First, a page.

Though Akira Kurosawa and Andrei Tarkovsky occupy the same plane in the pantheon of auteurs — the highest one — neither their lives nor their films had much obviously in common. The older, longer-lived Kurosawa started his career earlier and ended it later, but during those cinematically glorious decades of the 1960s and 70s, the two brought into the world such pictures as Yojimbo, Ivan’s Childhood, High and Low, Red Beard, Andrei Rublev, Dodesukaden, Solaris, The Mirror, Dersu Uzala (Kurosawa’s sole Japanese-Soviet co-production, though Tarkovsky wasn’t involved), and Stalker.
They actually met around the middle of that period, when Kurosawa came to visit the set of Solaris (watch Solaris online along with many other major Tarkovsky films). “Tarkovsky guided me around the set, explaining to me as cheerfully as a young boy who is given a golden opportunity to show someone his favorite toybox,” Kurosawa writes in an essay originally run in the Asahi Shinbun in 1977 and republished at Cinephilia & Beyond.
“[Director Sergei] Bondarchuk, who came with me, asked him about the cost of the set, and left his eyes wide open when Tarkovsky answered it. The cost was so huge: about six hundred million yen as to make Bondarchuk, who directed that grand spectacle of a movie War and Peace, agape in wonder.”
But the work, as Kurosawa soon found out, merited the cost and then some:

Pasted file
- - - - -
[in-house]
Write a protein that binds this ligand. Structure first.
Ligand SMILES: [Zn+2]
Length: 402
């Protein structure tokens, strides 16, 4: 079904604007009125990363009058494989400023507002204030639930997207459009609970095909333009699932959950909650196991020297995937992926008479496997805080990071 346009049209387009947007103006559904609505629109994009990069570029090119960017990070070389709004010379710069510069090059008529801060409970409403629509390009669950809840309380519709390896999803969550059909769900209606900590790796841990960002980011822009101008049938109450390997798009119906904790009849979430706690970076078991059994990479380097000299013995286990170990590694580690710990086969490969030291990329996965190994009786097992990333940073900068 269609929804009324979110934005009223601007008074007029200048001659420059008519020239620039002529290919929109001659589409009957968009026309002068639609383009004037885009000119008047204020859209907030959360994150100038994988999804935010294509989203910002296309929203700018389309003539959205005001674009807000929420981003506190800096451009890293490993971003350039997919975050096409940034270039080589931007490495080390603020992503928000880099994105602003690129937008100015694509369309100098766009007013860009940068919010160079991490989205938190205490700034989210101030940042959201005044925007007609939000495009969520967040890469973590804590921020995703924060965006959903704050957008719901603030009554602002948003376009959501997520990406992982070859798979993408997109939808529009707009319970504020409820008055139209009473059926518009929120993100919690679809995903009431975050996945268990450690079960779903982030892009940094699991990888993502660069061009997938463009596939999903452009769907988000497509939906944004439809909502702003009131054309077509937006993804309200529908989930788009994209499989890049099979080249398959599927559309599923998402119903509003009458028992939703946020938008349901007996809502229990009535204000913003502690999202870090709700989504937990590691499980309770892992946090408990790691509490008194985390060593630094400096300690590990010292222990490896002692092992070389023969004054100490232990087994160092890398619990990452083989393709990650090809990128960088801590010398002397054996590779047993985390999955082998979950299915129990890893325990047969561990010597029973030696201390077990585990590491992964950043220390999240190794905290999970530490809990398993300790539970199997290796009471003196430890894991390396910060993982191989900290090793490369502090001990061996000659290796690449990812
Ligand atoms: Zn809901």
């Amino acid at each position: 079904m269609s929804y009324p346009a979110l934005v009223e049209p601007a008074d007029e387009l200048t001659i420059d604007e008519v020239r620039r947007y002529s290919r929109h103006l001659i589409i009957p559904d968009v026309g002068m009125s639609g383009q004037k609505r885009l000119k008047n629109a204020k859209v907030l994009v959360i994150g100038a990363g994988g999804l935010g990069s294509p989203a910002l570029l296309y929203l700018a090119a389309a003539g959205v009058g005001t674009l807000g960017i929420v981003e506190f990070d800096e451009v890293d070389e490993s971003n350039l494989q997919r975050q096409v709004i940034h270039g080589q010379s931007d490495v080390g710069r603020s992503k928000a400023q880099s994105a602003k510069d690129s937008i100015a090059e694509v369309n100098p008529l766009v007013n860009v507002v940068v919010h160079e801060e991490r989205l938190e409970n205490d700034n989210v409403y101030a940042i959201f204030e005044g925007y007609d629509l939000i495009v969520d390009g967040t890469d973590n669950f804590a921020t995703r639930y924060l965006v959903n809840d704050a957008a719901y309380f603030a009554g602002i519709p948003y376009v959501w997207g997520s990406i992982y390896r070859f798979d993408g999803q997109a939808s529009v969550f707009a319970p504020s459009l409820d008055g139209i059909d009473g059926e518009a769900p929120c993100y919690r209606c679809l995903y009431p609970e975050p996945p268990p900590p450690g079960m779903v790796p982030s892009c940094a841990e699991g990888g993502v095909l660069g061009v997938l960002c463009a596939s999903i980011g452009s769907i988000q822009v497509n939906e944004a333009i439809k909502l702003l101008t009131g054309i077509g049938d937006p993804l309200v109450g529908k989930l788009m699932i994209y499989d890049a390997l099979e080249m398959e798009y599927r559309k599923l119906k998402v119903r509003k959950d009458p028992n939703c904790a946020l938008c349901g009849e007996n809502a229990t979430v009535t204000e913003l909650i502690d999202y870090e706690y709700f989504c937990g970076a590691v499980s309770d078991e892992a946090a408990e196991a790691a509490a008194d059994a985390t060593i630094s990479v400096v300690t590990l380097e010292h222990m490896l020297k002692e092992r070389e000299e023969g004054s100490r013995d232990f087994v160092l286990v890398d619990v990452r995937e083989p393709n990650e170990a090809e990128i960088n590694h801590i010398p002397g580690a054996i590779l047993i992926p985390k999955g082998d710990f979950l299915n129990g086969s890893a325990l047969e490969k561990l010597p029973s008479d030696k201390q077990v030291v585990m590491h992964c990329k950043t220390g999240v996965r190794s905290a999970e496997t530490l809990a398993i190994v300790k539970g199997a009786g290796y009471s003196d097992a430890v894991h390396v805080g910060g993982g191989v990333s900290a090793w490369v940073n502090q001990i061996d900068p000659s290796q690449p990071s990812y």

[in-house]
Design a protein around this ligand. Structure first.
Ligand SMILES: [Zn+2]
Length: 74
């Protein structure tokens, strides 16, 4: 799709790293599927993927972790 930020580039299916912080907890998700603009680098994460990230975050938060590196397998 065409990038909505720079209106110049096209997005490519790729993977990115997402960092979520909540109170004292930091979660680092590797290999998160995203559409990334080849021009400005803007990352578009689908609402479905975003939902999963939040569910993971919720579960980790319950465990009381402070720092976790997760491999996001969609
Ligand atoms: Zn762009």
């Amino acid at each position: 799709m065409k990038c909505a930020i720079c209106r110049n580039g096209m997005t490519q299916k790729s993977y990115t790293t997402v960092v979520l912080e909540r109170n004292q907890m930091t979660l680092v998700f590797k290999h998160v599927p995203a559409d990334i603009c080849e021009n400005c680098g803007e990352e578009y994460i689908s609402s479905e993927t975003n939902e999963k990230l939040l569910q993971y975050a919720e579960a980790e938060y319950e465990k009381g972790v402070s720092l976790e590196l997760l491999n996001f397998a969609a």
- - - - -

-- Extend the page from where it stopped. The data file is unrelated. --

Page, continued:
Marvelous progress in science we have been enjoying, but where will it lead humanity after all? Sheer fearful emotion this film succeeds in conjuring up in our soul. Without it, a science fiction movie would be nothing more than a petty fancy.
These thoughts came and went while I was gazing at the screen.
Tarkovsky was together with me then. He was at the corner of the studio. When the film was over, he stood up, looking at me as if he felt timid. I said to him, “Very good. It makes me feel real fear.” Tarkovsky smiled shyly, but happily. And we toasted vodka at the restaurant in the Film Institute. Tarkovsky, who didn’t drink usually, drank a lot of vodka, and went so far as to turn off the speaker from which music had floated into the restaurant, and began to sing the theme of samurai from Seven Samurai at the top of his voice.
As if to rival him, I joined in.
For I was at that moment very happy to find myself living on Earth.
Solaris makes a viewer feel this, and even this single fact shows us that Solaris is no ordinary SF film. It truly somehow provokes pure horror in our soul. And it is under the total grip of the deep insights of Tarkovsky.
Kurosawa pays special attention to the sequence, which you can watch above analyzed by film scholars Vida Johnson and Graham Petrie, filmed in his own homeland: “What makes us shudder is the shot of the location of Akasakamitsuke, Tokyo, Japan. By a skillful use of mirrors, he turned flows of head lights and tail lamps of cars, multiplied and amplified, into a vintage image of the future city. Every shot of Solaris bears witness to the almost dazzling talents inherent in Tarkovsky.”
Like all of Tarkovsky’s features, Solaris only holds up more firmly with time and thus still enjoys revival screenings all over the world, but you can also watch it free online right now. Just get ready, when you descend to Earth afterward, to feel your own gratitude at finding yourself back here.
Based in Seoul, Colin Marshall writes and broadcasts on cities and culture. He’s at work on a book about Los Angeles, A Los Angeles Primer, the video series The City in Cinema, the crowdfunded journalism project Where Is the City of the Future?, and the Los Angeles Review of Books’ Korea Blog. Follow him on Twitter at @colinmarshall or on Facebook.